CANOPY BLOG

Tree Spotlight: Cockspur Coral

By Suzie Lee on September 23, 2019

Erythrina crista-galli (cockspur coral)

Image courtesy Cyril Nelson via Flickr

Tree Spotlight Series: Follow along as we learn about the fascinating trees that live among us. This series is in partnership with Rhee Lab in the Plant Biology Department of the Carnegie Institution for Science.

Other posts in the series: ginkgo biloba, Douglas firgiant sequoia, Chinese tallow, silver-dollar gum, Monterey pine, green dracaenacoast live oakcork oakJapanese maplesilver birch, dawn redwood, Japanese persimmon ‘Hachiya’, carob, California bay, avocado, southern magnolia, flowering dogwood, red ironbark eucalyptus, blackwood acacia, and narrow leaved paperbark.

Symbol of Bravery

The cockspur coral tree (Erythrina crista-galli), known as ceibo in Spanish, is a symbol of bravery in Argentina. As Argentina’s national flower, the cockspur coral is mentioned widely in its culture through poetry, songs, and folklore. One legend tells of a young woman named Anahí who loved to sing about nature. After conquistadors invaded her land, Anahí escaped and killed her captor in the process.

When recaptured, she kept singing about her land as she burned at the stake. In the morning, the guards awoke to find a beautiful, blooming ceibo where Anahí once stood. In addition to Argentina’s admiration for the ceibo, the tree is admired in other parts of the world for its stunning flowers and its antiviral and antiparasitic properties.

Journey Across the Sea

Cockspur coral flowers

Image courtesy Tatters via Flickr

The cockspur coral became widespread through its buoyant seeds that can easily disperse via water. Just like other seeds that travel via water currents or through the feces of migratory birds, many Erythrina crista-galli sprout throughout Argentina, Uruguay, Brazil, Paraguay, and Indonesia.

Also widely planted in California and other states, the cockspur coral is an attractive tree to all.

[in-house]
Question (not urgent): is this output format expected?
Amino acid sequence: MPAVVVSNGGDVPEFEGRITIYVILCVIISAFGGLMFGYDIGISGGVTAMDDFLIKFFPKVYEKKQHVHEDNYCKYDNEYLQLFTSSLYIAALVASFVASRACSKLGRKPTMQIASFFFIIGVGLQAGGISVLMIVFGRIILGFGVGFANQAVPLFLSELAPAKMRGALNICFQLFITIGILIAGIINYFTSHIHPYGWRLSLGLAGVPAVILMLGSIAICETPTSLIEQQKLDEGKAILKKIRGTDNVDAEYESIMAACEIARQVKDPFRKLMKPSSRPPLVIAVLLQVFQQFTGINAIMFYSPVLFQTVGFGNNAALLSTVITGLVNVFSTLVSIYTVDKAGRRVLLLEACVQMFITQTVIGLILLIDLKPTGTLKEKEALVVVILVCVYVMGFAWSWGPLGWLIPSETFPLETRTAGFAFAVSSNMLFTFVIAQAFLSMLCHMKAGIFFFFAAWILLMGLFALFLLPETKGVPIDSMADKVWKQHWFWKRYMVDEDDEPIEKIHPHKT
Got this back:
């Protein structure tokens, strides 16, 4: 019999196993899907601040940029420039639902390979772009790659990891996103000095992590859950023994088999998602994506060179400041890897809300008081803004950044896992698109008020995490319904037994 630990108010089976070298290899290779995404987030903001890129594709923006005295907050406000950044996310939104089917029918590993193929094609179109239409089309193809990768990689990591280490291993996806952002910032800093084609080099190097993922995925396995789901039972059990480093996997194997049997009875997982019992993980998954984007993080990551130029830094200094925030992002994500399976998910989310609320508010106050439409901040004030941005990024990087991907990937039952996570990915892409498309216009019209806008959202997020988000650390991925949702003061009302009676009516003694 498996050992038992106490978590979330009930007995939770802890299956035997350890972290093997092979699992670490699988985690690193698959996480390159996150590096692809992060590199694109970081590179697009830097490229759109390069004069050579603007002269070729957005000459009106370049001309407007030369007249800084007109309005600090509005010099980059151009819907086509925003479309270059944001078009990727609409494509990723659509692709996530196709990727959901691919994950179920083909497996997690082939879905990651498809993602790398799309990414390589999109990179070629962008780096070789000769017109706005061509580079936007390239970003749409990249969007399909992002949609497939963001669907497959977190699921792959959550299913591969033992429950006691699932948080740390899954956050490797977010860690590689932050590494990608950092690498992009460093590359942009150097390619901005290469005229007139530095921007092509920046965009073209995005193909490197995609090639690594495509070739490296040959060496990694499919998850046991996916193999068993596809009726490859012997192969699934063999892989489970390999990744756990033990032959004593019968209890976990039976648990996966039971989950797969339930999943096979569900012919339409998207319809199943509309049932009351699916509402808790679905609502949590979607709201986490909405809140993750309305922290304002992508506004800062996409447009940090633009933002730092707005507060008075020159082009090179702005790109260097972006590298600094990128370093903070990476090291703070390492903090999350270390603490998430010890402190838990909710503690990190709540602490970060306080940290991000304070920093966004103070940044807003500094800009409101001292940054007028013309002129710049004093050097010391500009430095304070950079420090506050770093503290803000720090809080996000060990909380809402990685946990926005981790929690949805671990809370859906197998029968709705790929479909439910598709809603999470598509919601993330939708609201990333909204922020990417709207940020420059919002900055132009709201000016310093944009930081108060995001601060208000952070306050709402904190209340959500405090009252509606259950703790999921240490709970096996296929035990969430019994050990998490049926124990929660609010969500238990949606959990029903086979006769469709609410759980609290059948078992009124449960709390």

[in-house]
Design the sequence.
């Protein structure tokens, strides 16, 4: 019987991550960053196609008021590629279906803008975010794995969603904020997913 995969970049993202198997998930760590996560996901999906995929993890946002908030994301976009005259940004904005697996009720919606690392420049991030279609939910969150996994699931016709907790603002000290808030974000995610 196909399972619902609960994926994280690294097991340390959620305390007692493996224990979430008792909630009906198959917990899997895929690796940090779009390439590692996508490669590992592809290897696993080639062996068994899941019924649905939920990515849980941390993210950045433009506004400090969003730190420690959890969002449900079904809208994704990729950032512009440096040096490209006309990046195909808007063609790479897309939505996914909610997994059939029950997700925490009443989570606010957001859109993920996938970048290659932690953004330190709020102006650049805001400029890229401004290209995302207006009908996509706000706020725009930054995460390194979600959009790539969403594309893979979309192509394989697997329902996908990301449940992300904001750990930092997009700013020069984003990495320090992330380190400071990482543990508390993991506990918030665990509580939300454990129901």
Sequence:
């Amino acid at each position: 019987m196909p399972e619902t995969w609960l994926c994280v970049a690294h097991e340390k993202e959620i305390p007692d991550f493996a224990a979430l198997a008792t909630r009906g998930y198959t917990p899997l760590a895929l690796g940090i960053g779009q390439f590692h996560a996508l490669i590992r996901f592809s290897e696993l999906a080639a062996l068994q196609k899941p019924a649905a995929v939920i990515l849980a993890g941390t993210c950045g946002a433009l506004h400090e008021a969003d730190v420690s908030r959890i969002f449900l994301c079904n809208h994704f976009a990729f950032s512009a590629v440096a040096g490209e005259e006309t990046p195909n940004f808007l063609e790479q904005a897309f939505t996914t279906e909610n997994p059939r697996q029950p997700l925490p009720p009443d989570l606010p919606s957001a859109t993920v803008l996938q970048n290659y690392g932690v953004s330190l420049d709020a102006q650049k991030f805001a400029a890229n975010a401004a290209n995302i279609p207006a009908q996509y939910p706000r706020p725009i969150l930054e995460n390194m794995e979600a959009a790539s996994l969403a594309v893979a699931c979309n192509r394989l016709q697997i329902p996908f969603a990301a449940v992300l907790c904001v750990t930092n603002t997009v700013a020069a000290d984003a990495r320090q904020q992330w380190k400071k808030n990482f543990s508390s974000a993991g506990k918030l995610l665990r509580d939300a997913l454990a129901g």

Blooming in clusters, the tree’s scarlet-colored flowers have a unique petal arrangement. The flower consists of five petals that resemble a rooster’s crest. The tree’s Latin name “Erythrina crista-galli” means “red cock’s comb.”

The flower’s beauty also attracts hungry pollinators. Typically, percher birds and insects pollinate the tree. Finally, the curved shape of the largest petal allows nectar to collect at the base of the calyx and roll downward, making a quick, delectable snack for passing pollinators.

Defensive Measures

erythraline-11β-O-glucopyranoside

Erythraline-11β-O-glucopyranoside via MDPI

In addition to its beautiful flowers, the cockspur coral’s leaves produce the precious alkaloid antiviral compound erythraline-11β-O-glucopyranoside. Recent studies found that this compound defends the tree against the infamous Tobacco Mosaic Virus (TMV).

Affecting many crops such as tomatoes, pepper, and cucumber, TMV is a harrowing plant disease. The virus causes a mosaic pattern of discoloration on plants’ leaves and soon after, the majority of the plant’s leaves dies.

On the other hand, cockspur coral’s leaves remain untouched by the virus because it produces erythraline-11β-O-glucopyranoside. Hopefully, with further research, this compound found in the tree will lead to the prevention of TMV infection in other plants.

Phaseollidin

Phaseollidin via PubChem

Lastly, the leaves and bark also produce anti-malarial compounds. The tree’s bark and leaf extract have long been used as a traditional medicine for malaria in Indonesia.

Phaseollidin, a flavonoid also found in other plants such as the common bean, is thought to be one of the main active compounds with anti-parasitic properties that are produced in the leaves and bark. In the end, the cockspur coral’s defensive measures prove helpful for the tree and humans alike.

 

 

See the cockspur coral in person! Check our Canopy’s Elizabeth F. Gamble Garden Tree Walk and University South Tree Walk in Palo Alto. 

Please note that Canopy does not recommend planting the cockspur coral as it has high water needs, is susceptible to limb drop, and is sensitive to frost. 

 


 

 

Suzie LeeSuhyun (Suzie) Lee is a 2019 summer intern at the Rhee Lab in the Plant Biology Department of the Carnegie Institution for Science. She is a first year student at Cal Poly University studying biology. Molecular biology has always piqued her interest and in the future, she hopes to pursue research regarding the defense mechanisms of organisms and phenotypic plasticity within plants or animals. In her free time she loves to paint, hike, and garden.

 

Sign up for local tree news, events, volunteer opportunities, and more.

Sign Up

Instagram

Facebook

Twitter